RE: Do TWs need to be formally educated in engineering and science? was, RE: old school

Subject: RE: Do TWs need to be formally educated in engineering and science? was, RE: old school
From: "Ronquillo, Michael" <mronquillo -at- equitrac -dot- com>
To: "Leonard C. Porrello" <Leonard -dot- Porrello -at- SoleraTec -dot- com>, "AL Geist" <al -dot- geist -at- geistassociates -dot- com>, <techwr-l -at- lists -dot- techwr-l -dot- com>
Date: Tue, 20 May 2008 12:33:15 -0400

I honestly believe that the major selling points of a TW are as follows:

- Ability to expertly use Framemaker. Programmers don't know how to do
this.
- Ability to stay "dumb" and not be so smart. At the end of the day, we
are the quasi end users and programmers are too smart to the point they
forgot the basics and how to explain things fundamentally
- Our outrageous attention to detail

Any more selling points anyone has, please add on.

-----Original Message-----
From: techwr-l-bounces+mronquillo=equitrac -dot- com -at- lists -dot- techwr-l -dot- com
[mailto:techwr-l-bounces+mronquillo=equitrac -dot- com -at- lists -dot- techwr-l -dot- com] On
Behalf Of Leonard C. Porrello
Sent: Tuesday, May 20, 2008 12:12 PM
To: AL Geist; techwr-l -at- lists -dot- techwr-l -dot- com
Subject: Do TWs need to be formally educated in engineering and science?
was,RE: old school

Al's comments bring to mind what appears to be a contradiction in an
important claim asserted by another list contributor. I hope he'll
correct me if I misunderstood his point, but I understood Gene Kim-Eng
to state, forcefully, that it will go poorly with technical writers of
the near future who lack an education in engineering or one of the
sciences.

He later said the most important thing he learned while studying
engineering was that what he knows today will be obsolete in a few years
time. I think Al's message below illustrates that claim. It's all nice
to know, but knowledge of past technologies--for the technical
writer--is mostly trivia. For example, my experience with DOS in the
1980s helps me to understand the command line in Windows XP, but I could
just as easily learn everything I need to know about the Windows XP
command line by using it. (In contrast, I would assert that knowledge of
past technologies is indispensible for the engineer; those who haven't
learned from the mistakes of the past....)

I've also heard, from several engineers, that the most important
learning happens on the job.

So I wonder, how can someone say, on one hand, that what one learns in
college as a student of engineering or science is irrelevant within a
relatively short time after graduation, and on the other hand, that an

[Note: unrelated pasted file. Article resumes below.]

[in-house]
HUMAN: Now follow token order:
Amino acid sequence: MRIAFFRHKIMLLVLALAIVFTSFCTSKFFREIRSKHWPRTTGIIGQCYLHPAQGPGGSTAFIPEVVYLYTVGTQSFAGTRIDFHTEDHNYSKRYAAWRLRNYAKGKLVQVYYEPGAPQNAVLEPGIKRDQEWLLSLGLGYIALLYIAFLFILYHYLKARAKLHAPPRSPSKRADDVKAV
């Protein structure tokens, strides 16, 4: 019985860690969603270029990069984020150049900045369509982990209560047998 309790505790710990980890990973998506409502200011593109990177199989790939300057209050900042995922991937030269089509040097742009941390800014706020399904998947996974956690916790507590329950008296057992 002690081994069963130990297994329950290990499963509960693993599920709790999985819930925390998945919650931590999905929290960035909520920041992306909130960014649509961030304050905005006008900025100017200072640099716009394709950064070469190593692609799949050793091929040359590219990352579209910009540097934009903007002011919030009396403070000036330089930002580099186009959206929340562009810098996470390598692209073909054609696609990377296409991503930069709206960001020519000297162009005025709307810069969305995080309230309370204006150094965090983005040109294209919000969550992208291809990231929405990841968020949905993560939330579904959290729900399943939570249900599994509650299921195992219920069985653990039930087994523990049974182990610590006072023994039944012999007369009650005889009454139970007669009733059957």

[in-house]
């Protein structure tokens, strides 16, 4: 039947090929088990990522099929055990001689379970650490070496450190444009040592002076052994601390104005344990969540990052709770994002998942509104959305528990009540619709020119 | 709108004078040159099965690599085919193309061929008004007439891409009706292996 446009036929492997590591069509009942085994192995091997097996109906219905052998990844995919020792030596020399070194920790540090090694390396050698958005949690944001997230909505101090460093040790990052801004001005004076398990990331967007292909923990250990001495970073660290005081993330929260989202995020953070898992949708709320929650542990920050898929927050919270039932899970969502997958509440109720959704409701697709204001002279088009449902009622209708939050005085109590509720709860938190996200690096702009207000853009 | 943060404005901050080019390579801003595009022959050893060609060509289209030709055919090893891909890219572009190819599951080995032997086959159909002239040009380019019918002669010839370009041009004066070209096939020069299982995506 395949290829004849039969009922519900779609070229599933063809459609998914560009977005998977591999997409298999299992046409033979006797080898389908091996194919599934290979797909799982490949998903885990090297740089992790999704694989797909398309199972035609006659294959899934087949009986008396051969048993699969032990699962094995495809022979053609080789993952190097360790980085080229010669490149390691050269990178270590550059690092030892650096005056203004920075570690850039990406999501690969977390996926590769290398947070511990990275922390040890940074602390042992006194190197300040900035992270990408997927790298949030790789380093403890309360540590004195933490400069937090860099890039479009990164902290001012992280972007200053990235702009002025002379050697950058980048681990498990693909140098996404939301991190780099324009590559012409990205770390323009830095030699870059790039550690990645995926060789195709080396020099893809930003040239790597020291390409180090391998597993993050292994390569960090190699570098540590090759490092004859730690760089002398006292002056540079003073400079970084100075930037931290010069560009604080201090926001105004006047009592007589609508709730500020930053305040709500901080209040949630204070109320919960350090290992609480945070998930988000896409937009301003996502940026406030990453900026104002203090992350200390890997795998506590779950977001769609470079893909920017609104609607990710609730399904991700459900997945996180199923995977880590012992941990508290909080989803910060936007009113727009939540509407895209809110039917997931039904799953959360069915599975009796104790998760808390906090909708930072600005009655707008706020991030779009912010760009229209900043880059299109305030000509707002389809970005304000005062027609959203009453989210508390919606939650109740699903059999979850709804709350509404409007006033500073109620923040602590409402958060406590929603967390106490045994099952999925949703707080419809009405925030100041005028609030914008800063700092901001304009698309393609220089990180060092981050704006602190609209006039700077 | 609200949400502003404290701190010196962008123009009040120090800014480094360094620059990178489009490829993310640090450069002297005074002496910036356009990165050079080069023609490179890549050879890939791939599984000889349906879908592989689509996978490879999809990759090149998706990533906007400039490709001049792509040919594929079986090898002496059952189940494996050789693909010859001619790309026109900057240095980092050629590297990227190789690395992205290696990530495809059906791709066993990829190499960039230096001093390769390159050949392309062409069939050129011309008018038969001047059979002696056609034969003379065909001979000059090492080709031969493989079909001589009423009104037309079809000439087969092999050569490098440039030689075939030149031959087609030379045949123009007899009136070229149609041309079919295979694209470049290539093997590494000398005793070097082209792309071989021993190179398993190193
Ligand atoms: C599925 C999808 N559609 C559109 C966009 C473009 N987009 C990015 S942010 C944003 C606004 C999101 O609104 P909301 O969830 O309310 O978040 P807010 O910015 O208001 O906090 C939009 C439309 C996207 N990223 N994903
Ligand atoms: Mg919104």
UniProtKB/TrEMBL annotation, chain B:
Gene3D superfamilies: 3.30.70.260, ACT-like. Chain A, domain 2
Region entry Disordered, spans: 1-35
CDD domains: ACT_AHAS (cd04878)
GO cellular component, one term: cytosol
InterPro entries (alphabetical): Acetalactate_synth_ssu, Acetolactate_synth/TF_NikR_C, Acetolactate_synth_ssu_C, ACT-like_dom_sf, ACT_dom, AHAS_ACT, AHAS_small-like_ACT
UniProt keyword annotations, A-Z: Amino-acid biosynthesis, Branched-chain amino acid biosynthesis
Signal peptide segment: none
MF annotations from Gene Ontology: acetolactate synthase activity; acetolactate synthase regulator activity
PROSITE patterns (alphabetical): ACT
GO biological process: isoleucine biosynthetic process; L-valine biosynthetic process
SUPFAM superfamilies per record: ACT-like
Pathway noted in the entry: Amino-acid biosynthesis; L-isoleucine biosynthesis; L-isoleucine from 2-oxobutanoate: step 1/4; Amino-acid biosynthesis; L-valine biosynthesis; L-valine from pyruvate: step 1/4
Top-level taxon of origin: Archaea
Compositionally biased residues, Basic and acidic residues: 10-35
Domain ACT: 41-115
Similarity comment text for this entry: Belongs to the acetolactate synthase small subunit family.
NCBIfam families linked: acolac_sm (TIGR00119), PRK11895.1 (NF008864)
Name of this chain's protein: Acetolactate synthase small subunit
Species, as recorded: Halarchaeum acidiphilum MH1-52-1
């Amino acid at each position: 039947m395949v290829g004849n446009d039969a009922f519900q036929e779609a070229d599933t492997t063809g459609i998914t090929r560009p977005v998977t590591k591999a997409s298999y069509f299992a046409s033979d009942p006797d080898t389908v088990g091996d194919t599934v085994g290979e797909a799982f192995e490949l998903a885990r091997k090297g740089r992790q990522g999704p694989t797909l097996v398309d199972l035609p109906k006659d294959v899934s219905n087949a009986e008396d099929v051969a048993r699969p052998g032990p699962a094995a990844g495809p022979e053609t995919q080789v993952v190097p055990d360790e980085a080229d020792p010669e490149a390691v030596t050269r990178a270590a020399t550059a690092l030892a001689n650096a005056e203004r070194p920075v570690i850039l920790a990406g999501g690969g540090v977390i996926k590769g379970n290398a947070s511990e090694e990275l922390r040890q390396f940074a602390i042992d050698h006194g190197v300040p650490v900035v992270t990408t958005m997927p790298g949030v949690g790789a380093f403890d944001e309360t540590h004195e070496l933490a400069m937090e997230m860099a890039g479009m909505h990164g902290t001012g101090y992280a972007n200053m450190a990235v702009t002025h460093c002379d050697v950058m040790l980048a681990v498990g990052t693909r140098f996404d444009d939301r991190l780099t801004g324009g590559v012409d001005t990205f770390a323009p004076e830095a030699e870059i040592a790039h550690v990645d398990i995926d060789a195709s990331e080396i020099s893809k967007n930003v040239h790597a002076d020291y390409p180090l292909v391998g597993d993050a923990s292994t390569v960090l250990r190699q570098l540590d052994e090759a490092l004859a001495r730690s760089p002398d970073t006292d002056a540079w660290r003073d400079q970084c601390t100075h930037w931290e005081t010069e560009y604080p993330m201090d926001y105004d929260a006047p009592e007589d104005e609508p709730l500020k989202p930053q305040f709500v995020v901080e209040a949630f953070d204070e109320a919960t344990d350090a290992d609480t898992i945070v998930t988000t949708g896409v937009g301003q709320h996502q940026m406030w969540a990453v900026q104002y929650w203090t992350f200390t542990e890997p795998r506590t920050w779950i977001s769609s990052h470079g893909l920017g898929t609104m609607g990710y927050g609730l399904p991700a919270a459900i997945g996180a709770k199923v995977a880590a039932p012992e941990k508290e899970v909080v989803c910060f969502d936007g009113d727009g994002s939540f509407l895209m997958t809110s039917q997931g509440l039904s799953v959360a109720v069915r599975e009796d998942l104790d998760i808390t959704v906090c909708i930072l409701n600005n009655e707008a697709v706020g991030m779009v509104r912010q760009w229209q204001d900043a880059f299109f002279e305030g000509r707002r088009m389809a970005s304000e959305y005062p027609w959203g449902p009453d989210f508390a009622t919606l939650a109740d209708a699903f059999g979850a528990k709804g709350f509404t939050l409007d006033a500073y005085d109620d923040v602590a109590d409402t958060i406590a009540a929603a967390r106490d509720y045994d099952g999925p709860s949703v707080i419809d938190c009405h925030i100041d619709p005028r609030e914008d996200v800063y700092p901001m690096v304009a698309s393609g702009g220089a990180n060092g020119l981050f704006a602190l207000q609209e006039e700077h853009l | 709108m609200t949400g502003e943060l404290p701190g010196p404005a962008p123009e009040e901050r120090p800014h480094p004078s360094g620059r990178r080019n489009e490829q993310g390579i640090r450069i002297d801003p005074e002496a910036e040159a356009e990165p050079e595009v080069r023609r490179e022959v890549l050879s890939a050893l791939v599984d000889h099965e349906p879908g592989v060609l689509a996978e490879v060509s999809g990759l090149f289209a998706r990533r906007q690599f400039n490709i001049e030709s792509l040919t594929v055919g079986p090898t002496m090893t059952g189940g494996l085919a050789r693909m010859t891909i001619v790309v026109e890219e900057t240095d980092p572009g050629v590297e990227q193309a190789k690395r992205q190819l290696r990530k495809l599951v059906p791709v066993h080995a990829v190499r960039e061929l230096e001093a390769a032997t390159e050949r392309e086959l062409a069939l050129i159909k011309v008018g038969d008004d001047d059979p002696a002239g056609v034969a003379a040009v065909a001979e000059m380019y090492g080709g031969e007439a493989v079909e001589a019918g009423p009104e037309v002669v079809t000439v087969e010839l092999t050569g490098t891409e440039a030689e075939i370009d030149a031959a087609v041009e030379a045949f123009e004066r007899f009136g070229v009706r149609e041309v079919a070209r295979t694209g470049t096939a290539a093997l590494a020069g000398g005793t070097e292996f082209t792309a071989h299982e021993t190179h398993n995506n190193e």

education in engineering or the sciences is essential--for a technical
writer?

In contrast to the claims made by engineers, I daily use much of what I
learned as an undergraduate in philosophy and graduate student in
English.

Granted this, it seems to me, all other things being equal, that the
technical writer with an education in letters, who has received on the
job training, would be a stronger technical writer than the engineer
with little or no education in letters.

And if this claim is too strong, I still don't see, in light of Gene's
own comments, how an engineer who switches to technical writing is
better off than the technical writer, educated in letters, with an
aptitude for understanding and explaining technology.

I should add, I am not saying that engineers without a formal education
in letters make poor technical writers; nor am I denying that a formal
education in engineering or science would help a technical writer; nor
am I asserting that a formal education in letters is the only
prerequisite required for the technical writer.

Leonard

-----Original Message-----
From: techwr-l-bounces+leonard -dot- porrello=soleratec -dot- com -at- lists -dot- techwr-l -dot- com
[mailto:techwr-l-bounces+leonard -dot- porrello=soleratec -dot- com -at- lists -dot- techwr-l -dot- c
om] On Behalf Of AL Geist
Sent: Tuesday, May 20, 2008 7:57 AM
To: techwr-l -at- lists -dot- techwr-l -dot- com
Subject: RE: old school

DBaseII, Aldus Pagemaker, Wordstar, Mulitmate, Visicalc, Apple I,
PDP1134,
PDP1170, Octal tape readers, tube radios, the first chips (AND and OR
gates,
Flip-Flops, and Inverters were all that was available in the
beginning-late
1960s), MS-DOS2.11, 4.77 MHz XTs before hard drives....and the list goes
one. It has been a wonderful and exciting ride being part of an industry
that moved from vacuum tubes and paper tapes to SOCs and terabyte
hard-drives.

I moved from engineering to technical writing back when the IBM Composer
was
the output tool and layout was on blue-lined card stock. I still have my
Xacto knife and a there's a portable waxer and a few sheets of rubylith
in a
box somewhere.


Al Geist
Technical Writing, Help, Web Design, Award Winning Videos
Office/Msg: 802-872-9190
Cell: 802-578-3964
E-mail: al -dot- geist -at- geistassociates -dot- com
Website: www.geistassociates.com
See also:
Fine Art Photographer and Note Cards for Special Occasions
Website: www.geistimages.com
" ... I walked to work, quit my job, and kept walking. Better to be a
pilgrim without a destination, I figured, than to cross the wrong
threshold
every day." (Anon)



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Microsoft Office, team authoring, plus more.
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Help & Manual is the most powerful authoring tool for technical
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Follow-Ups:

References:
Re: RE: old school: From: quills
Re: RE: old school: From: John Hedtke
RE: RE: old school: From: Al Geist
RE: RE: old school: From: John Hedtke
Re: old school: From: Beth Agnew
Re: old school: From: Chris Morton
RE: old school: From: AL Geist
Do TWs need to be formally educated in engineering and science? was, RE: old school: From: Leonard C. Porrello

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